Out of a strong pacifist tradition, Mennonite and Brethren in Christ churches are considering a proposal to form “Christian peacemaker teams” in tension spots throughout the world.

The proposal originated with Ronald J. Sider, associate professor of theology at Eastern Baptist Theological Seminary. The idea has been gaining support since Sider presented it during the 1984 Mennonite World Conference in Strasbourg, France.

The proposal, now in its fourth revision by the Mennonite Central Committee Peace Section, calls for between 100 and 200 two-year volunteers. Those persons would form teams of “well-trained Christians in the midst of warring parties or groups that support warring parties in order to foster shalom.” Some teams would focus on reducing violence. Others would concentrate on mediation and reconciliation work, or educational activities.

Suggested settings for such activities include Nicaragua, Chile, Laos, Guatemala, Northern Ireland, and Belle Glade, Florida. The proposal describes Belle Glade, a town in southern Florida, as a place where “serious conflicts often occur between the many racial [and] ethnic groups.” Peacemaker teams would develop strategies for intervening in such conflicts to prevent violence. They would also assist in meeting basic needs such as shelter, food, health care, and jobs.

The purpose of involvement in Nicaragua, according to the proposal, “would be to try to reduce the attacks on Nicaraguan citizens by U.S.-funded guerrillas.… [The teams] would refuse to take sides in the political struggles of Nicaragua except to stress [their] clear commitment to economic justice, religious and political freedom and democratic election.”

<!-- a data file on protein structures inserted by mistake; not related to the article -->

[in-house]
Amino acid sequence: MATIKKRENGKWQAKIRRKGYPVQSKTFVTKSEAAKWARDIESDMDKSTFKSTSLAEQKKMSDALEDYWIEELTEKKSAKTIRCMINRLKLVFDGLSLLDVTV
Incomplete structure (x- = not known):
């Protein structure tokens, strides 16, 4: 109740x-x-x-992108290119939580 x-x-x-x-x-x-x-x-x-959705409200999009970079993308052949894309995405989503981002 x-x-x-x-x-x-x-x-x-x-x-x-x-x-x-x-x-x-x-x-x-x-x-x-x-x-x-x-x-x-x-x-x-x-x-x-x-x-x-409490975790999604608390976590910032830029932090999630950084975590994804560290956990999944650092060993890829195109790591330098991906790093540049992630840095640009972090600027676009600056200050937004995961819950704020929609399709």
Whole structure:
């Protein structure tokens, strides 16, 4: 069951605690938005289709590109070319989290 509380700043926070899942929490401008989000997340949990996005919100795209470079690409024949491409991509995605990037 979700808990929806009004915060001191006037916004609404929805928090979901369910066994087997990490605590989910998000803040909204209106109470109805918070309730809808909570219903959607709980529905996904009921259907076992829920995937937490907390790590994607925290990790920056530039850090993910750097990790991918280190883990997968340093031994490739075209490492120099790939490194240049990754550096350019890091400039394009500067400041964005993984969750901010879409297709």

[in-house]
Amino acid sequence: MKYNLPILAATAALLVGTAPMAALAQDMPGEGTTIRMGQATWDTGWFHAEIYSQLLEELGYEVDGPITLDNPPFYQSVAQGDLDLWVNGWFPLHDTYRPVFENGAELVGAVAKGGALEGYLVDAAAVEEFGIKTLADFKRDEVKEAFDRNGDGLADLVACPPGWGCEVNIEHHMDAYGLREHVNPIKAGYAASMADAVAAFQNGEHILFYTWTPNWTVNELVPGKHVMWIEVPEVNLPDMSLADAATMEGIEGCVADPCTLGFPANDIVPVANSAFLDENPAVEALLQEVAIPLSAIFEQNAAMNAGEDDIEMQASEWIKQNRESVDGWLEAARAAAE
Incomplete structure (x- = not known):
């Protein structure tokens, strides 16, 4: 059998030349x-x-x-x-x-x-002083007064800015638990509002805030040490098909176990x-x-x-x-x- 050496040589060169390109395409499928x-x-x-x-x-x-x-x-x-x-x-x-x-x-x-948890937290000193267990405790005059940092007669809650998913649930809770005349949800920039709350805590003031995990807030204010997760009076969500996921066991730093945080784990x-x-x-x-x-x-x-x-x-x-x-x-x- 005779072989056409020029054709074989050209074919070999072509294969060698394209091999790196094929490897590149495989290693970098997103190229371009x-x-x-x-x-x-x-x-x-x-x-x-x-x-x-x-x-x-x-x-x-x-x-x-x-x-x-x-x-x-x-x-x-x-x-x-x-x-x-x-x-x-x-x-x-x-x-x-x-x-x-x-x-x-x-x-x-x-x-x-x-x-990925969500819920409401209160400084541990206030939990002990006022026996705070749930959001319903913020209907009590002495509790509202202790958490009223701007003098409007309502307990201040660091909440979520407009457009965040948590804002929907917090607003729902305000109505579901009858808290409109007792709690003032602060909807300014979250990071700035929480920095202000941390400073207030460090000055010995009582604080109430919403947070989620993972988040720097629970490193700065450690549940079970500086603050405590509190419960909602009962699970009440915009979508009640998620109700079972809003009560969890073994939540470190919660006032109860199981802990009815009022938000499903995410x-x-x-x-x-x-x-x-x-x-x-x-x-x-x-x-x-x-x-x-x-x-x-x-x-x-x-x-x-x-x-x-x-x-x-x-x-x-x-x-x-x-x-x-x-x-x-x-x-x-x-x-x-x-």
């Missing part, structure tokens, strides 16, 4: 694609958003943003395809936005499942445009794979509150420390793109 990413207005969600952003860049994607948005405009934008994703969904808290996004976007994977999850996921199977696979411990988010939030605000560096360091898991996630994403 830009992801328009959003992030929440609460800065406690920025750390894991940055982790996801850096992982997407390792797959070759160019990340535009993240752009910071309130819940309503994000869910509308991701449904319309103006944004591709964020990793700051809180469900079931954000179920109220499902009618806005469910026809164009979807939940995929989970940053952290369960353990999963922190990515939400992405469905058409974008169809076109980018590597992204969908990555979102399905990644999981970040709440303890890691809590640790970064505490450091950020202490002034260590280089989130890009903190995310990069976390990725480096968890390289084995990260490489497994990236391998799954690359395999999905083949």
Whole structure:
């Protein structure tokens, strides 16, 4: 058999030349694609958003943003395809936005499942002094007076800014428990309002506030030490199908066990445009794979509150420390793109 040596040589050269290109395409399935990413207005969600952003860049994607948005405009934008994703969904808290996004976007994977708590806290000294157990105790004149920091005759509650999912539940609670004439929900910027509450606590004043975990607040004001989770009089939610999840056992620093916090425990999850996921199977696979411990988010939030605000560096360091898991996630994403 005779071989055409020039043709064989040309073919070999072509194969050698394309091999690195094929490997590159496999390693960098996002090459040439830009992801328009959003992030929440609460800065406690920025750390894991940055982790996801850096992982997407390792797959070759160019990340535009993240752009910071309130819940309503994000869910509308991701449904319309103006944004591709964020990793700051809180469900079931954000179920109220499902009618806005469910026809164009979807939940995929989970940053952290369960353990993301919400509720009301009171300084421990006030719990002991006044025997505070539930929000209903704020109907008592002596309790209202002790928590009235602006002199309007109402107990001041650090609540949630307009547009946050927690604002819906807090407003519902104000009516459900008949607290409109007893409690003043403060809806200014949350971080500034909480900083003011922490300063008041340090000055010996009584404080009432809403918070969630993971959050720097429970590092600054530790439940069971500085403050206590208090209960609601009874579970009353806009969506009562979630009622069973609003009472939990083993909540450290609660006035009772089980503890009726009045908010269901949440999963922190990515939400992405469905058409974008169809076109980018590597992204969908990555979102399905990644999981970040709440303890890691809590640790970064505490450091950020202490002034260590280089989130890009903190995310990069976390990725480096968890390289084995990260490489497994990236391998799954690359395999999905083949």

The proposal is scheduled for consideration later this year at a meeting of the Council of Moderators and Secretaries, made up of representatives from the Mennonite Brethren, the General Conference Mennonite Church, the Mennonite Church, and the Brethren in Christ Church. During its 1984 meeting, the council received Sider’s proposal “with appreciation.” But the group had several concerns, according to Myron Augsburger, former moderator of the Mennonite Church General Assembly.

“We wanted the proposal to be an expression of the international nature of the church and not tied to any political ideology,” Augsburger said. “We were committed to finding ways to witness to peace and nonviolence … that would not be mistaken as either anti-American policy or as an extension of nationalistic interests.”

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